Within the first eight minutes of “The Black Emperor of Broadway,” I was moved from critiquing every frame of the film to embracing the story. The show opens with us catching the lead character, Shaun Parkes as Charles Gilpin, expressing anger for having to put on blackface to do his job as a performer.
Gilpin eventually became the first Black to play the lead in a Broadway show, and in natural face, in “The Emperor Jones.” Eugene O'Neill, son of Irish immigrants, wrote “The Emperor Jones,” which ran on Broadway in 1920.
O’Neil’s play is about Brutus Jones, an African American and a former Pullman porter, who kills another Black man in a dice game, is jailed, and later escapes to a small, Caribbean island where he sets himself up as emperor. The play was also a first for O'Neill, it was his first big box-office hit.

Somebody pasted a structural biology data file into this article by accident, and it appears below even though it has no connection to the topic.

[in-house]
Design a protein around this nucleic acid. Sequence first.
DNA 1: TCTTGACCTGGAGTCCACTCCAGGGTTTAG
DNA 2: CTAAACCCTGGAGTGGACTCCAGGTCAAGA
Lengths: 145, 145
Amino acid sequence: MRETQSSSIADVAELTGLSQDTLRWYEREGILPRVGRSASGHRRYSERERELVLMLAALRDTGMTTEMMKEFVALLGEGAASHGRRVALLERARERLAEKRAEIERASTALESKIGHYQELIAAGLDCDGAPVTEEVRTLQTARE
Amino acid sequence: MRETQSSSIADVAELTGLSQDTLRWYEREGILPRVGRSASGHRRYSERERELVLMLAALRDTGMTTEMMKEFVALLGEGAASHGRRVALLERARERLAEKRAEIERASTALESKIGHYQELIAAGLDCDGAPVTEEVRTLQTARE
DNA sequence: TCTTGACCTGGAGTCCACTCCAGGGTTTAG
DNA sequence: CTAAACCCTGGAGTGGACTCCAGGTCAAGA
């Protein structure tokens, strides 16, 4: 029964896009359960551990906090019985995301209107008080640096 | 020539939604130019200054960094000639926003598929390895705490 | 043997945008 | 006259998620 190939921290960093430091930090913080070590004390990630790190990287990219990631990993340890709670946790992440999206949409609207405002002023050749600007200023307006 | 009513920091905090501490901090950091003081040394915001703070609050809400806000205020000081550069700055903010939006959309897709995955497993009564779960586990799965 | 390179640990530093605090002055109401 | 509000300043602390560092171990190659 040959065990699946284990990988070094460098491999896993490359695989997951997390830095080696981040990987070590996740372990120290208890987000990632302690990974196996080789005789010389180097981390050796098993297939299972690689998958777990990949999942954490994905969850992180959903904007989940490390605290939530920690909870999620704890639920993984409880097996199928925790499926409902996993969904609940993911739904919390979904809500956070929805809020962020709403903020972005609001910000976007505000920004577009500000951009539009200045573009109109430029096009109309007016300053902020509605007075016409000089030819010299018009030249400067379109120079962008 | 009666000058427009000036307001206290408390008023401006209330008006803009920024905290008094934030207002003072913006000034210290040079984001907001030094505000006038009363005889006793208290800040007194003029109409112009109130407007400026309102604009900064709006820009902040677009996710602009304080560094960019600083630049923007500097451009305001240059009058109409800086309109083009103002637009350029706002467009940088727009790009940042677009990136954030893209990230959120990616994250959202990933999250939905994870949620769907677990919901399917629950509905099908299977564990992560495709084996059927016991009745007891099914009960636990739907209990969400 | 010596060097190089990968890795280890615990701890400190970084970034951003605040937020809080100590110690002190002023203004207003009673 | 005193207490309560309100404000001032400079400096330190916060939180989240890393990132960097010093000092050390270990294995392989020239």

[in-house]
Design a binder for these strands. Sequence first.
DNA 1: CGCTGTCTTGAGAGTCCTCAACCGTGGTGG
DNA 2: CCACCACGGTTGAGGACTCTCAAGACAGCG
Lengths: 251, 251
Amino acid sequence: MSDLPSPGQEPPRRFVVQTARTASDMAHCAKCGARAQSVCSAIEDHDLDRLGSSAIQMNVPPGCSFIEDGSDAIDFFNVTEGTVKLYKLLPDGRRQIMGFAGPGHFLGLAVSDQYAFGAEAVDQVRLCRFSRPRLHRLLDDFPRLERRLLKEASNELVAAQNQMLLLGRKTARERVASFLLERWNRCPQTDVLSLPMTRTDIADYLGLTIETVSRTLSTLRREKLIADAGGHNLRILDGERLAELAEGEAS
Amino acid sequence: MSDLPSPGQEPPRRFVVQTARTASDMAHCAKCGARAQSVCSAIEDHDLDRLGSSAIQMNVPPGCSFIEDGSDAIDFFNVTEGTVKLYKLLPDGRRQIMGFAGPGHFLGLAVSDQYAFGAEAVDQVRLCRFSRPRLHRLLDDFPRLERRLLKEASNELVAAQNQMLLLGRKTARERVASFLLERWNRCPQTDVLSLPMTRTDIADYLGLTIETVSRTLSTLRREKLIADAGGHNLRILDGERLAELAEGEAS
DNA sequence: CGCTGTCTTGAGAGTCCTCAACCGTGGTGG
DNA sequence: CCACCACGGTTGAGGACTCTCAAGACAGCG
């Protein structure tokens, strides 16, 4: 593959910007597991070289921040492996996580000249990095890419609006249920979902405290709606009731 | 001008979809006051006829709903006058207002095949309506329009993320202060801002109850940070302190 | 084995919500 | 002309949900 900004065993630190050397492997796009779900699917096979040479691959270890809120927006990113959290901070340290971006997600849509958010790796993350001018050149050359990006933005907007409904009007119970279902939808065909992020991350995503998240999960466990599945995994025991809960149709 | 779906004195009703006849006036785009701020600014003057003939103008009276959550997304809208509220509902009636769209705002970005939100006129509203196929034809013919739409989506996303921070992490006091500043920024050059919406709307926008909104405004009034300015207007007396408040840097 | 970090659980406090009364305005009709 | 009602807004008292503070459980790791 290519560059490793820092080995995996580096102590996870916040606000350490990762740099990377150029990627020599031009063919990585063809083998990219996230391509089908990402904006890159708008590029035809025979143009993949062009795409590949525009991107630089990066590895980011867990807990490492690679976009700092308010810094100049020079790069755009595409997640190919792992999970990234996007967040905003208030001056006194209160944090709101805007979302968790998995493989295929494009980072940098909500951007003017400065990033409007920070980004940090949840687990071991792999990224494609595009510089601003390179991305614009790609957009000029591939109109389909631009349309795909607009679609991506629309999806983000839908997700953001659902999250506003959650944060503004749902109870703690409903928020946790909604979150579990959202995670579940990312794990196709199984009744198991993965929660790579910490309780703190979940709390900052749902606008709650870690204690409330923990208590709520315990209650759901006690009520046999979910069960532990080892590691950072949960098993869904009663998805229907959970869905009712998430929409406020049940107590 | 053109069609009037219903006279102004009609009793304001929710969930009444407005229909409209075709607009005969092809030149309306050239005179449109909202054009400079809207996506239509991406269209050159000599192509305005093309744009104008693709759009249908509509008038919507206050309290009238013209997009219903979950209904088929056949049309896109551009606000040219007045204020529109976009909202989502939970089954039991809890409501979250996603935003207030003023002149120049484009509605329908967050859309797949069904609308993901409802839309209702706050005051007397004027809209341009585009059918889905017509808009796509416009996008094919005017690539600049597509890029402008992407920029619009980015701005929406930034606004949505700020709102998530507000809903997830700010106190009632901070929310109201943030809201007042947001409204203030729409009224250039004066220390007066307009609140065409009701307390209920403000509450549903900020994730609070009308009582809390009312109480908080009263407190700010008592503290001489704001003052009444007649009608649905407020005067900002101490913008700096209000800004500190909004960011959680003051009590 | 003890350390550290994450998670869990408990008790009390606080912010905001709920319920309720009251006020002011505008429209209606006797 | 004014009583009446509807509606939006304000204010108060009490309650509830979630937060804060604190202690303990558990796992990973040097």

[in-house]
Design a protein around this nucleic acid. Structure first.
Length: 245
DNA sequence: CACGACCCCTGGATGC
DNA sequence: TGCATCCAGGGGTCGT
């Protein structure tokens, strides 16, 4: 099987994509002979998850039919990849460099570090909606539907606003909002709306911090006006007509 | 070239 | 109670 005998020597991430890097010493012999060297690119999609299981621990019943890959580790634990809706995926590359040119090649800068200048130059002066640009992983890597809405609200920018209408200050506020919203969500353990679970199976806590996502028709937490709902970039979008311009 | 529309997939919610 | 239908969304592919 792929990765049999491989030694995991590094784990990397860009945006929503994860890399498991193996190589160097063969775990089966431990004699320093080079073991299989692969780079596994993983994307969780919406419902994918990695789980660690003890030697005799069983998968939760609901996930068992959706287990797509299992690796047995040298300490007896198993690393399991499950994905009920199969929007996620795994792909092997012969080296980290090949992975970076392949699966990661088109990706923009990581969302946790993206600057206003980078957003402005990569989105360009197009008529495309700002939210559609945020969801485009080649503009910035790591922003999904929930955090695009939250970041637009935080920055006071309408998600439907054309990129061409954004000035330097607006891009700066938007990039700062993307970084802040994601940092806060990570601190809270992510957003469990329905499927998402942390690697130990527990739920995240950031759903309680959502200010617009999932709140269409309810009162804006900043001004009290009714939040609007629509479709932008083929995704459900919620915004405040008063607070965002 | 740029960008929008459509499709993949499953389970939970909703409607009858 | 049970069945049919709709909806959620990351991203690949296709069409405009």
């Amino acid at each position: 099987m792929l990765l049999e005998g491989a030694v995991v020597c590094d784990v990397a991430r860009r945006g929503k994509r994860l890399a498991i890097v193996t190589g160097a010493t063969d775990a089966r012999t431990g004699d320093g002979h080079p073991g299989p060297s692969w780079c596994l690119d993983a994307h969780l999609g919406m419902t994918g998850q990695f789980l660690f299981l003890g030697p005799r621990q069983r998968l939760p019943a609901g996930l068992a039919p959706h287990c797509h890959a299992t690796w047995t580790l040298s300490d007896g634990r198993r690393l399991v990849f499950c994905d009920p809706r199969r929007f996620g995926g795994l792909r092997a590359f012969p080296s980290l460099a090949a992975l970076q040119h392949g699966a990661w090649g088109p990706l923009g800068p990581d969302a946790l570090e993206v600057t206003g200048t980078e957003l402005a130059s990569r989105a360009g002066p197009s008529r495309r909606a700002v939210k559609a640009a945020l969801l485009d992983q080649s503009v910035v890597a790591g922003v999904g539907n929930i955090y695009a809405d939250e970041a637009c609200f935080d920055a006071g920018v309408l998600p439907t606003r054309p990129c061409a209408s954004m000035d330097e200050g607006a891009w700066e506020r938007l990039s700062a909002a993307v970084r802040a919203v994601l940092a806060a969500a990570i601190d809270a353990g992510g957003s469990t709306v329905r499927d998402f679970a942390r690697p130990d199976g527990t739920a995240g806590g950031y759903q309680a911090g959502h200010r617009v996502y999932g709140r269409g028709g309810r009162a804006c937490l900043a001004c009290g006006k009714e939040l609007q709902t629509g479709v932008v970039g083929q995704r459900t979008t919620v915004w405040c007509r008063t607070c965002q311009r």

Also, in the film, the character playing the now famous Paul Robeson initially turned down the role, calling it a "monstrosity." This underscored the controversy of the play and how even the most to–become ardent Black icons, Paul Robeson and Ossie Davis, learned to manage this minefield as well. But, why do we remember Robeson and Davis, but not Charles Gilpin?
The film’s eight-minute opening is a cheap-shot since it seems as if director Arthur Egeli wants to provoke anger when in reality many of us put on modern forms of blackface every day. And, since we have learned to manage it so well, what are the chances of having someone catch us in our moment of anger, as he did with Gilpin?
As the camera rolled, Gilpin displayed a shell of Black people that his 1920 White audience wanted and my mind floated forward to 2020 Black Baltimore and Republican congressional candidate Kimberly Klacik and her performances showcasing, without depth, the problems in Black America.